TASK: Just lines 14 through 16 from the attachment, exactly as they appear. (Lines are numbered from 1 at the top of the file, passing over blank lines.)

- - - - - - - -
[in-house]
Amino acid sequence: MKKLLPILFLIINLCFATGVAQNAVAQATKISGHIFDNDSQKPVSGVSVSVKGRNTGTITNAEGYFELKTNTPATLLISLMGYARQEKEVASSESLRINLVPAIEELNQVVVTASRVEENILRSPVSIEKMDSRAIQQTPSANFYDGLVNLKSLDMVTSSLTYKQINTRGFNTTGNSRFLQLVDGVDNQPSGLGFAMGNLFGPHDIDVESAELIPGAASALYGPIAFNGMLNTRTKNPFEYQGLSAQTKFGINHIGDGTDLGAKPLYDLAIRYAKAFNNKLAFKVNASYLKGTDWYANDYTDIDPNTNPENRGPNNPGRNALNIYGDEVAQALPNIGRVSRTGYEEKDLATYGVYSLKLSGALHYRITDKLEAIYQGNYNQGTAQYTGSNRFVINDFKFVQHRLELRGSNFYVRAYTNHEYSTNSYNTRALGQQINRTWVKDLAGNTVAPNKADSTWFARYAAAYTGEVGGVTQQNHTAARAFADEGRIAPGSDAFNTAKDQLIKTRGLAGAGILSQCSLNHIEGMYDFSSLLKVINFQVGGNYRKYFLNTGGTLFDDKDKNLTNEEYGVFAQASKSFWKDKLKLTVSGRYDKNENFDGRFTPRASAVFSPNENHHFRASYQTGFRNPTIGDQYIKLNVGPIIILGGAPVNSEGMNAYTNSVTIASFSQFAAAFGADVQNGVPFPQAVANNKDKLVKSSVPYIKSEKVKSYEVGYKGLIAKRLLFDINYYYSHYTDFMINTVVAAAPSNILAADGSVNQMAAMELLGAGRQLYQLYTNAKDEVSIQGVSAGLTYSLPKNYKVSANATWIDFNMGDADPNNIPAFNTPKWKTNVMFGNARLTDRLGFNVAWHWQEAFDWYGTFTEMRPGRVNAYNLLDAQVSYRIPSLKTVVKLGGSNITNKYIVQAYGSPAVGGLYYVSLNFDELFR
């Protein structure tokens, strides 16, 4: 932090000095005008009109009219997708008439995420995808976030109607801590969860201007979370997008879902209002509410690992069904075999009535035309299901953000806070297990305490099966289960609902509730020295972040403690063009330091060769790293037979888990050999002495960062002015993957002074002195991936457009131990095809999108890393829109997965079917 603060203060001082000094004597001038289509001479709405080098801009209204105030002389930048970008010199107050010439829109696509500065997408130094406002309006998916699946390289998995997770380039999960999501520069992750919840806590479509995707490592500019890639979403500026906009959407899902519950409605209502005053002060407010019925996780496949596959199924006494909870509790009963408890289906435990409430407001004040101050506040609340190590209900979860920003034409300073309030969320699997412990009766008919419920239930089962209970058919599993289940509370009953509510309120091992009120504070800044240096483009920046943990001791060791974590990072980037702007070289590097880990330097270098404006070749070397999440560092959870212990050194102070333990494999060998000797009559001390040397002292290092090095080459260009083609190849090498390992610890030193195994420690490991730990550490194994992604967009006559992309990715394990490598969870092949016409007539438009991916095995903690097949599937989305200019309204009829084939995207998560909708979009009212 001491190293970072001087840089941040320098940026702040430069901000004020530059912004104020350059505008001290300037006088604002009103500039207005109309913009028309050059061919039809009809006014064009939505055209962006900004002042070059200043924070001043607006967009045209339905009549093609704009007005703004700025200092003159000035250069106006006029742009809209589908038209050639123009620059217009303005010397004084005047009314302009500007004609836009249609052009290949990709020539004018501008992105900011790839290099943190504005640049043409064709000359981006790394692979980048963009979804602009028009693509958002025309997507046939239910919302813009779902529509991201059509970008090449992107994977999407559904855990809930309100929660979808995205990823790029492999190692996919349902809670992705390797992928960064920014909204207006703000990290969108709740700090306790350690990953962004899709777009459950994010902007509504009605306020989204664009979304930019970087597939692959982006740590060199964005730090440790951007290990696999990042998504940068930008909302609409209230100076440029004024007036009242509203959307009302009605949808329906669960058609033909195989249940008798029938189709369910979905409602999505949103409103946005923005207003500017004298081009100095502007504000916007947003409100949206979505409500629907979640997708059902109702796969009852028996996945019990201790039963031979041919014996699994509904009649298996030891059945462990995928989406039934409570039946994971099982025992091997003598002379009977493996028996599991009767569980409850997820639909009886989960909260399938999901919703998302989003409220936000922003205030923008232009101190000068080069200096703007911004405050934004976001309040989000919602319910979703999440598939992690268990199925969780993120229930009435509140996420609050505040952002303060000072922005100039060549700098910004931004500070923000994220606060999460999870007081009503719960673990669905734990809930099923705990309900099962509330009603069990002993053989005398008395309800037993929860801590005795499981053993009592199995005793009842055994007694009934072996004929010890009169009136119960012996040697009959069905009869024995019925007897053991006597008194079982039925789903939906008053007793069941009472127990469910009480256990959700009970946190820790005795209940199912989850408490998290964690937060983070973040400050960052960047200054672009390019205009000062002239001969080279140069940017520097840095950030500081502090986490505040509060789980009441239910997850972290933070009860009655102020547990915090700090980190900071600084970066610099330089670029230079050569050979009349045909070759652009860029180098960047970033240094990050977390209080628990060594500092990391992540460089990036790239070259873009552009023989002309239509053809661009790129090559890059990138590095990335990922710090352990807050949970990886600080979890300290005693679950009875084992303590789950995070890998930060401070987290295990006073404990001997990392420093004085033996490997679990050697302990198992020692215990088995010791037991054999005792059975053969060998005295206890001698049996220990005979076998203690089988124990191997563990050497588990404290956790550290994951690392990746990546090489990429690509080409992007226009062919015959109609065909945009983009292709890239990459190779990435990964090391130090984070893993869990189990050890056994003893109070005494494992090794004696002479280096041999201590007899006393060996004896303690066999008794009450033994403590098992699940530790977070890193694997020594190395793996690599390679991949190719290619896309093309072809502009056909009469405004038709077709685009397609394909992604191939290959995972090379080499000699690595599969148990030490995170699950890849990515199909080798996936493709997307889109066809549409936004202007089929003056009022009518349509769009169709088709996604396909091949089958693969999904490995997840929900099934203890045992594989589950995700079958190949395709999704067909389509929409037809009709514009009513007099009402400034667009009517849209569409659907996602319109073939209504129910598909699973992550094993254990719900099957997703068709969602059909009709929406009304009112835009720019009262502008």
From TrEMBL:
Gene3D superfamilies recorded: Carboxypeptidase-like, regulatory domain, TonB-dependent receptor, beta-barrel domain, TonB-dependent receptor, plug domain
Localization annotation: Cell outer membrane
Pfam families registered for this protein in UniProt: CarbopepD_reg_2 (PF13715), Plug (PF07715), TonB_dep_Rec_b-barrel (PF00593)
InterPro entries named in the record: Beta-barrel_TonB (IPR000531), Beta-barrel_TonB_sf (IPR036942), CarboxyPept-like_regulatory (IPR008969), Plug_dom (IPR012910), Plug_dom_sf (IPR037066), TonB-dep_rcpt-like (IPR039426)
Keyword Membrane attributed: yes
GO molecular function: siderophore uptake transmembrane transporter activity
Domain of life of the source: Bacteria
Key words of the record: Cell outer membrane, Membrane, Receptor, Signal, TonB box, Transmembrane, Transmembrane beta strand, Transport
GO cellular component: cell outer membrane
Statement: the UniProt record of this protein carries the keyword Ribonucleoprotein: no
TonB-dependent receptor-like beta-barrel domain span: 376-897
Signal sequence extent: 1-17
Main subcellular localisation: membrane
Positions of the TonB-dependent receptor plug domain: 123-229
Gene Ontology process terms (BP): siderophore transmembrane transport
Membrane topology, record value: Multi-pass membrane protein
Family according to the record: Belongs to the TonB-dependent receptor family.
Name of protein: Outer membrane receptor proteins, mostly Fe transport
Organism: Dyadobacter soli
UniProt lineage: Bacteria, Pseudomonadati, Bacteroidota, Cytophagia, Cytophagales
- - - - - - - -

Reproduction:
Statement: the UniProt record of this protein carries the keyword Ribonucleoprotein: no
TonB-dependent receptor-like beta-barrel domain span: 376-897
Signal sequence extent: 1-17